The Senate elections were held and results announced as per schedule. Rumours, plots, media hypes and the perceived institutional competition had no effect. Similarly, the news that the ruling party is imploding turned out to be vastly exaggerated. More or less, it has secured its share of the Senate seats against all odds. A decisive victory in the last by-election before the general elections assures it of its stakes in the system. Following the disqualification order by the apex court, it has taken the next step of changing leadership peacefully and without the widely expected palace squabbles. The venting of anger by the father-daughter duo at their largely attended public meetings and the restraint exercised by the courts shows that no one is to be pushed to the wall. The courts’ own irrational exuberance in entering the domain of the executive will likely diminish when it hits the wall of limited resources. As for the main opposition parties, they are awakening to fill the political vacuum in Karachi. The PTI chief’s decision to contest from Karachi is a step in the right direction, as is the PPP’s attempt to rediscover its lost touch in Punjab. Democracy is neither a great leap forward nor a cultural revolution. It progresses incrementally. There is, as outgoing senator Farhatullah Babar said in his valedictory speech the other day, a state within the state. He would be the first to concede that the cure is more democracy, not less. That shifts the main burden to the political class.
A case in point is the money-makes-the-mare-go strategy pursued by the two main opposition parties in the Senate elections. In addition to the usual suspects of Fata and Balochistan due to the small size of the respective electoral colleges, the recent election witnessed horse-trading in the other three provincial assemblies. Both the horses and the traders were politicians. It is, however, for the first time that the outcry is not just from the public and media, but also from the political leadership. Only they can build the consensus to reform the system. The Senate is a symbol of federation, democratic continuity and inter-provincial equity. Moving beyond the symbolic does require reform, beginning with the mode of election. The solution coming out from across the political spectrum and opinion leaders is to rush from indirect to direct election. This is not as simple as it looks. For example, a single constituency of the Senate in Punjab will cover an average of 10 National Assembly constituencies or twice that number of provincial assembly constituencies. Apart from being unwieldy, the huge mandate will be disproportionate to the powers enjoyed by the Senate. There will be a clash of interests between the National Assembly members and the Senators in the constituency politics. As a council of elders and experts, the Senate ought to be above pork barrel conflicts. It has to act as a balancing force against the tyranny of majority in the lower house. A simple solution would be to add another defection clause in Article 63A of the Constitution regarding voting in the Senate election. This will require voting by show of hands. On their part, the political parties should avoid nomination of the otherwise electable politicians and gather a group of seniors and experts even on the general and reserved seats for women and minorities.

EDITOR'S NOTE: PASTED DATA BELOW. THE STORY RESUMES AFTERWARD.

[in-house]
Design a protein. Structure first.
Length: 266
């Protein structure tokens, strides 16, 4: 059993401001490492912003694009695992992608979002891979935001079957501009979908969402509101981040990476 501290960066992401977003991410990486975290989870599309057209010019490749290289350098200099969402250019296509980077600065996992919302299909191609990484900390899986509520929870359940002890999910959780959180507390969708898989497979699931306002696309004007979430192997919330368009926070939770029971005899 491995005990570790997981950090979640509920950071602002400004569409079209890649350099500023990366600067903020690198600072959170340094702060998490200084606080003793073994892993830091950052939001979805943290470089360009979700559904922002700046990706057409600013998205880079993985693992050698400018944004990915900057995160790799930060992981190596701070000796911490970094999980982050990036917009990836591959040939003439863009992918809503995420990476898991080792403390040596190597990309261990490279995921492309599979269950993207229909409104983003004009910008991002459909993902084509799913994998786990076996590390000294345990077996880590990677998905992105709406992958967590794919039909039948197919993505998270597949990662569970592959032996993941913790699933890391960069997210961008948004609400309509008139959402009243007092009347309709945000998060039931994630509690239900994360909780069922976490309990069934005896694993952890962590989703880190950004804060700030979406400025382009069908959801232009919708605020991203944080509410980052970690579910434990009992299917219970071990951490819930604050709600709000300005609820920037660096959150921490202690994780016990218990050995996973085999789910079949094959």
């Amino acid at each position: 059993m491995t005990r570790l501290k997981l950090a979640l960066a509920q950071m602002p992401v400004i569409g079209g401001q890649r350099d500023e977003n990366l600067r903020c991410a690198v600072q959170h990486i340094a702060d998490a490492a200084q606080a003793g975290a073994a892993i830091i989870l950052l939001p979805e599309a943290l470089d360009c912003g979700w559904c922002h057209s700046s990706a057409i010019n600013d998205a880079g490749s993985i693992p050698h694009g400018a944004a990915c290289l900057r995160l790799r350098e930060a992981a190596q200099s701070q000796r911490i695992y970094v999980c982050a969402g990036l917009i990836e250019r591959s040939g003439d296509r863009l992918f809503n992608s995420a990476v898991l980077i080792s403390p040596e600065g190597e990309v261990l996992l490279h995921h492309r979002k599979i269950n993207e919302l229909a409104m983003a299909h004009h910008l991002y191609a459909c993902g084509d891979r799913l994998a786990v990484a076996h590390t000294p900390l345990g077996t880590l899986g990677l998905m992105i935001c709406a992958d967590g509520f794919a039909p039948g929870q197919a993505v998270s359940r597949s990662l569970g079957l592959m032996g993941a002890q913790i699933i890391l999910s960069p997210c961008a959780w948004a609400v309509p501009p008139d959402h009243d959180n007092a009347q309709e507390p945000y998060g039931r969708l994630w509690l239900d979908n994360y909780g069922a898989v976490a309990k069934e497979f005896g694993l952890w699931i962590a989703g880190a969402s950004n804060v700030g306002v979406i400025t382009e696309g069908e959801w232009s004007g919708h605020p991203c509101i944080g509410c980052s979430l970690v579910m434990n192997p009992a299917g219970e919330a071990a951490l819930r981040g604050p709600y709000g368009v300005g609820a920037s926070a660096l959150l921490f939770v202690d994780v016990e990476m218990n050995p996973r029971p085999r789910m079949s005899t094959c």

The system continues to move forward. The next milestone is the presentation and approval of the budget by the outgoing parliament, followed by the caretakers, elections and the installation of whoever wins. Let’s keep our fingers crossed.
Published in The Express Tribune, March 9th, 2018.